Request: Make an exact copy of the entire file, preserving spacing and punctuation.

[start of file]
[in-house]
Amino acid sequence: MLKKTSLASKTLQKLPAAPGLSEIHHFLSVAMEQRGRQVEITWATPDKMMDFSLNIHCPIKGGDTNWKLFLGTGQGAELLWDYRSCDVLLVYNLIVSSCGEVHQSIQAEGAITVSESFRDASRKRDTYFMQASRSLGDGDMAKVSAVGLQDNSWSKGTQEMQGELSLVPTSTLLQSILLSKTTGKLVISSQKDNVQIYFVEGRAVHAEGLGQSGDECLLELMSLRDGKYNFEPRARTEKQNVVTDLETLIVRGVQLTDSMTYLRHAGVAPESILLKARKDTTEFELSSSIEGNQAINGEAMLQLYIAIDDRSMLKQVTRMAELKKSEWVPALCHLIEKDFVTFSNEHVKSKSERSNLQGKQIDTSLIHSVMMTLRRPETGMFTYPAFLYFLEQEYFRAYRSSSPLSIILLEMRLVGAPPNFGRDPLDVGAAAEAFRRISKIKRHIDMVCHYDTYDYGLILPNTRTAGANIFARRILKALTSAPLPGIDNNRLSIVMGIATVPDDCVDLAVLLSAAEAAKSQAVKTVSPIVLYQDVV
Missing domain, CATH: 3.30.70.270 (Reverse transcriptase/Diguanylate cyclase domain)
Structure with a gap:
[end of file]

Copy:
[in-house]
Amino acid sequence: MLKKTSLASKTLQKLPAAPGLSEIHHFLSVAMEQRGRQVEITWATPDKMMDFSLNIHCPIKGGDTNWKLFLGTGQGAELLWDYRSCDVLLVYNLIVSSCGEVHQSIQAEGAITVSESFRDASRKRDTYFMQASRSLGDGDMAKVSAVGLQDNSWSKGTQEMQGELSLVPTSTLLQSILLSKTTGKLVISSQKDNVQIYFVEGRAVHAEGLGQSGDECLLELMSLRDGKYNFEPRARTEKQNVVTDLETLIVRGVQLTDSMTYLRHAGVAPESILLKARKDTTEFELSSSIEGNQAINGEAMLQLYIAIDDRSMLKQVTRMAELKKSEWVPALCHLIEKDFVTFSNEHVKSKSERSNLQGKQIDTSLIHSVMMTLRRPETGMFTYPAFLYFLEQEYFRAYRSSSPLSIILLEMRLVGAPPNFGRDPLDVGAAAEAFRRISKIKRHIDMVCHYDTYDYGLILPNTRTAGANIFARRILKALTSAPLPGIDNNRLSIVMGIATVPDDCVDLAVLLSAAEAAKSQAVKTVSPIVLYQDVV
Missing domain, CATH: 3.30.70.270 (Reverse transcriptase/Diguanylate cyclase domain)
Structure with a gap: